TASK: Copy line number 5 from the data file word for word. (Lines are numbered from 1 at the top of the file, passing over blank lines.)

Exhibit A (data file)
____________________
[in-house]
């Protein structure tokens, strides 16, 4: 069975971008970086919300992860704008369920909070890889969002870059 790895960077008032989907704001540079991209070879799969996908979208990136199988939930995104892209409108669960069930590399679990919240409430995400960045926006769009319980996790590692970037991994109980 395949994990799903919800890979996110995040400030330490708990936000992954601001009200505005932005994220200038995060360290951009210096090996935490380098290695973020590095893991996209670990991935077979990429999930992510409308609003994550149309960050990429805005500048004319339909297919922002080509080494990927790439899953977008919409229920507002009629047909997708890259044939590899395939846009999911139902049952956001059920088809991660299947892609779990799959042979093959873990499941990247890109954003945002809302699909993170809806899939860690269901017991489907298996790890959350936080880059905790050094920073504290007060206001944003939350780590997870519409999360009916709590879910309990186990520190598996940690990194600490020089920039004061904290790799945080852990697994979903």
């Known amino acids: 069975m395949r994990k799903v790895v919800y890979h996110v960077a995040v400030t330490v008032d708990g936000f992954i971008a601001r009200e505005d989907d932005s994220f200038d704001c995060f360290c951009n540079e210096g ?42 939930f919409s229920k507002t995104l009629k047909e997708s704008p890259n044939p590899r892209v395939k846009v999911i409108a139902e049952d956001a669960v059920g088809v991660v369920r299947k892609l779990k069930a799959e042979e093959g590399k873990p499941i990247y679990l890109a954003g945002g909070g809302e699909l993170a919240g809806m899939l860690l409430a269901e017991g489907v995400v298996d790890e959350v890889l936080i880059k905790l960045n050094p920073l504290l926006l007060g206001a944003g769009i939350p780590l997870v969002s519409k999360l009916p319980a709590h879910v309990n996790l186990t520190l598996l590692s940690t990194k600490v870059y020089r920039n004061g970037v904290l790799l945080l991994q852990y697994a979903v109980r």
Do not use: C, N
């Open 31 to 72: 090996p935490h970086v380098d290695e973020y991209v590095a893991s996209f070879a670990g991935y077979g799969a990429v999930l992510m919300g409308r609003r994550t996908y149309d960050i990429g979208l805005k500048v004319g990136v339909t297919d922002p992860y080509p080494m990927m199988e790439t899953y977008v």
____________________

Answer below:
């Open 31 to 72: 090996p935490h970086v380098d290695e973020y991209v590095a893991s996209f070879a670990g991935y077979g799969a990429v999930l992510m919300g409308r609003r994550t996908y149309d960050i990429g979208l805005k500048v004319g990136v339909t297919d922002p992860y080509p080494m990927m199988e790439t899953y977008v």